Austin Riley and Jake Lamb
Given his youth and experience on the Braves’ roster, Riley will break camp as the starting third baseman. However, Lamb has flair and power of his own, so he should see plenty of playing time as early as the first week of April. Riley isn’t on a very short leash, but if he’s struggling, Lamb could take more at-bats. All it takes is a hot or cold streak for one or the other to prompt a shift in Atlanta’s third base dynamic.
Fried took on a larger role in the Atlanta rotation two years ago. However, he truly thrived in 2020. In addition to his 7-0 record and 2.25 ERA, the right-hander finished fifth in Cy Young award voting, won the Gold Glove award, and even received an MVP vote. He likely won’t exceed these numbers in 2021, but if he can post relatively similar results, the Braves could be deploying a very strong rotation.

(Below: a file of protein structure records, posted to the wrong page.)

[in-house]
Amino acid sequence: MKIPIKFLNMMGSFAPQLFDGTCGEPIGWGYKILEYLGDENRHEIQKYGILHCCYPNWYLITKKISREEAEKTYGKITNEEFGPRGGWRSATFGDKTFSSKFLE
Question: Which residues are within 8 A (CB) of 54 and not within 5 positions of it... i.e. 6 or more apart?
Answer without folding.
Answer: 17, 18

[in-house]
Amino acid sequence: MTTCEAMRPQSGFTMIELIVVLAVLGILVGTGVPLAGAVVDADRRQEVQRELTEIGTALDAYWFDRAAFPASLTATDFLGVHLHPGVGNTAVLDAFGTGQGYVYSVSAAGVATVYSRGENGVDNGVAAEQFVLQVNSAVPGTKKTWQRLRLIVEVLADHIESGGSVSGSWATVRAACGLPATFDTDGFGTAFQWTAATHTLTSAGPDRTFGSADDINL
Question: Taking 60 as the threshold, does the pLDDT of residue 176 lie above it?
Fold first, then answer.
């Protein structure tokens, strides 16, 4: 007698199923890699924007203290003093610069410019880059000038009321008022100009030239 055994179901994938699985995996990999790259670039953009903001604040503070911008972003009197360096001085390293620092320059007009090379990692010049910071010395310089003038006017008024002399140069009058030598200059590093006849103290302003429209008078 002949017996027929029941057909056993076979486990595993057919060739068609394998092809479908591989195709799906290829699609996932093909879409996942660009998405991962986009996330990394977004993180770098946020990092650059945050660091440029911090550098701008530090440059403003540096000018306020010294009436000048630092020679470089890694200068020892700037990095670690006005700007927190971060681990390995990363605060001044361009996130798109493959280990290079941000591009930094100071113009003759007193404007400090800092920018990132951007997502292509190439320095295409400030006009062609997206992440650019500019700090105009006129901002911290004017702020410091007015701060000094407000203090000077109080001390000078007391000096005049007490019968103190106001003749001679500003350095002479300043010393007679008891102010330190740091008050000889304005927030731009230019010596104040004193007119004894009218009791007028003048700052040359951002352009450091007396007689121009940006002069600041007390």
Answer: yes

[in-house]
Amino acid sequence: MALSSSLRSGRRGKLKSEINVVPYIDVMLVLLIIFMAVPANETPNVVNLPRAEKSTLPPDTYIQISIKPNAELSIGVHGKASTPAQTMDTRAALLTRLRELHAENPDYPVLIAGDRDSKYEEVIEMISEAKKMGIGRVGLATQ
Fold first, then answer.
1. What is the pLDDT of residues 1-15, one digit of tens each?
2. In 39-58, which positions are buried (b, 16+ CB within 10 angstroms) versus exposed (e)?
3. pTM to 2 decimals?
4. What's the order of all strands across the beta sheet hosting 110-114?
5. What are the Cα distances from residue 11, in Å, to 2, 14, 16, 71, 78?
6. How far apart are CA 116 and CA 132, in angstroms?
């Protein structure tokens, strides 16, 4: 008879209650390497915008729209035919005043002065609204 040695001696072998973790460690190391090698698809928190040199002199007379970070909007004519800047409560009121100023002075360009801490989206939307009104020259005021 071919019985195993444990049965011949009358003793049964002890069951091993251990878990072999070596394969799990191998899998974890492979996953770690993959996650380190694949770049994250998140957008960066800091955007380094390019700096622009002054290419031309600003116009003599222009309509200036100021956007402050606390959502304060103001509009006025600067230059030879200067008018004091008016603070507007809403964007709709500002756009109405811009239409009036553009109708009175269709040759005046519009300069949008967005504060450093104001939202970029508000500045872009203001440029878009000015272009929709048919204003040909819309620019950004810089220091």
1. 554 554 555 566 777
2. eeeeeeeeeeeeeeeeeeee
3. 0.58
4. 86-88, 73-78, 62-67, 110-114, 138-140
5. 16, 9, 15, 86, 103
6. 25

The NL East is a tricky division. The Braves are the early favorite, with New York not far behind. However, even the Washington Nationals and Philadelphia Phillies have gained steam as a sleeper pick to win the division. This could lead to a scenario where all four (sorry, Pittsburgh) finish several games above .500 and in a neck-and-neck race for the AL East title. Atlanta may be the favorite right now, but they could lose such status by faltering early in the year. The Braves will need to play crisp baseball in order to win their fourth consecutive division title.
Record: 97-65 (first place in NL East)